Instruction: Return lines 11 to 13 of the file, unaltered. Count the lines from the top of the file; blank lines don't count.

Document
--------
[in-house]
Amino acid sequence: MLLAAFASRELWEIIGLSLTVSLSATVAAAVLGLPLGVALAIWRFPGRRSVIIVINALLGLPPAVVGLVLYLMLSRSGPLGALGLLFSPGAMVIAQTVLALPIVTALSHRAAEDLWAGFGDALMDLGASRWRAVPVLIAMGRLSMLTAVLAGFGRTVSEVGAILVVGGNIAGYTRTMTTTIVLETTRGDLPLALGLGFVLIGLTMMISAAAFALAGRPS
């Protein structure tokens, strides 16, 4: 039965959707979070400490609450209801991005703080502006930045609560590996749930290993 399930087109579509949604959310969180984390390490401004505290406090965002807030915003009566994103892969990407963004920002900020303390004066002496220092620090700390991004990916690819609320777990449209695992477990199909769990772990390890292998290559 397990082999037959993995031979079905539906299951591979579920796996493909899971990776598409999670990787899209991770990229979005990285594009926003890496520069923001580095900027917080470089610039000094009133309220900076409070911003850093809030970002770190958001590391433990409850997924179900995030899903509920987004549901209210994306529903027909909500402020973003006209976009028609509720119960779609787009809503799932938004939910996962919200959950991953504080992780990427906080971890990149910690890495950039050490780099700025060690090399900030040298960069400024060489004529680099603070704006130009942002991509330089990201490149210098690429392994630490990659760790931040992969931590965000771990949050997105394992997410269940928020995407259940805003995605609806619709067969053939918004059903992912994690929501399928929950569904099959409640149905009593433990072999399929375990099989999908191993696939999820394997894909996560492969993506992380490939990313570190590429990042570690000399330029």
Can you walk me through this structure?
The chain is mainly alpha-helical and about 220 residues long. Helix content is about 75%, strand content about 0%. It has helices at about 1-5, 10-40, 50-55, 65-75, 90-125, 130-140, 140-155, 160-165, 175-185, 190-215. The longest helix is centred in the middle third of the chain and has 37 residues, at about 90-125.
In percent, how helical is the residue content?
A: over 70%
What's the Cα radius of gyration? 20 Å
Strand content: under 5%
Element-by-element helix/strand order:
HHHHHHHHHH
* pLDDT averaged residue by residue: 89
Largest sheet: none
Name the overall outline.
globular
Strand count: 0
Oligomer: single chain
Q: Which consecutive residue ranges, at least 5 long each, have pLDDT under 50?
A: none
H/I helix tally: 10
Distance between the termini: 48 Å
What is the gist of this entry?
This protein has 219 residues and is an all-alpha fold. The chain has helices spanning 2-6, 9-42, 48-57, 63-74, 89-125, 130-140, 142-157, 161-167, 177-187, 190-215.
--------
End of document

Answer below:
HHHHHHHHHH
* pLDDT averaged residue by residue: 89
Largest sheet: none